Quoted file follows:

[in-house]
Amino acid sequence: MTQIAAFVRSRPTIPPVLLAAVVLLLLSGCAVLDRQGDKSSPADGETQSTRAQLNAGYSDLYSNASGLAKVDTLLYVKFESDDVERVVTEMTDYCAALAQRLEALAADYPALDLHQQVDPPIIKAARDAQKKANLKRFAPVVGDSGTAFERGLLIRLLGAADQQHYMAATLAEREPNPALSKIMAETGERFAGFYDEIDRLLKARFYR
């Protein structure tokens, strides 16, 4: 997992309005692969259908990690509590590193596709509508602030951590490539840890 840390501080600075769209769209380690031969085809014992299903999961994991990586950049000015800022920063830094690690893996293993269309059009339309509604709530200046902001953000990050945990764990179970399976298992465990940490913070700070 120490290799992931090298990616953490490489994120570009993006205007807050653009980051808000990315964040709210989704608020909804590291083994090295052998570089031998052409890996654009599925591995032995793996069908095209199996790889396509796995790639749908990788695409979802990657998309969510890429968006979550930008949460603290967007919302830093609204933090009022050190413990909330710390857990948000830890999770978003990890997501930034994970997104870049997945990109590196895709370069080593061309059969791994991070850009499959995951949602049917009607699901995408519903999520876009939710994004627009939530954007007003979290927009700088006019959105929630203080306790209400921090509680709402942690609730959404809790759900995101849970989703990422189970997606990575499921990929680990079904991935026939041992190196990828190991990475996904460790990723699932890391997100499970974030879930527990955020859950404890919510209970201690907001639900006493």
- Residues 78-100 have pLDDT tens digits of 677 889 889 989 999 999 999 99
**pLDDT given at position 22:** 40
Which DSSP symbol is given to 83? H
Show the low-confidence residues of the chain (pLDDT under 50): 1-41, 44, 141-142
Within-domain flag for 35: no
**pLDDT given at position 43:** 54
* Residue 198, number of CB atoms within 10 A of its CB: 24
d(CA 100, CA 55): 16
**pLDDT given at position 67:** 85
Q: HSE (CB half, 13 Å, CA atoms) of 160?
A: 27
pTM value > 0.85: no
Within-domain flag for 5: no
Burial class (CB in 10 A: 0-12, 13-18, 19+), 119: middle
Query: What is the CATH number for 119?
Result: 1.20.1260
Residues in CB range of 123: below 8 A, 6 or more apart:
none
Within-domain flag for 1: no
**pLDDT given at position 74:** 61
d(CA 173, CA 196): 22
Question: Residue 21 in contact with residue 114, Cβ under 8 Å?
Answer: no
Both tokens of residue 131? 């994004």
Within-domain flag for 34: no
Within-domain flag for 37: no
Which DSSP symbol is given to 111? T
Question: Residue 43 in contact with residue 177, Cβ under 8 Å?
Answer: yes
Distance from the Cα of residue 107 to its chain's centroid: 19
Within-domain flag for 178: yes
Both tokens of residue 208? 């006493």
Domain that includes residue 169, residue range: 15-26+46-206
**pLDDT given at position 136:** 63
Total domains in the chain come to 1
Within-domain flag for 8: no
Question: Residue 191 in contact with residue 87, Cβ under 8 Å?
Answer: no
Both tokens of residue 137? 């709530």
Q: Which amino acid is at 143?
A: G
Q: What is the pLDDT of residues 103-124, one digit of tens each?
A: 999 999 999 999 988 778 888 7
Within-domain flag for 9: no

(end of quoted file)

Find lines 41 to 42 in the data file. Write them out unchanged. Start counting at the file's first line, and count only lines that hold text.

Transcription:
Answer: no
Both tokens of residue 137? 């709530």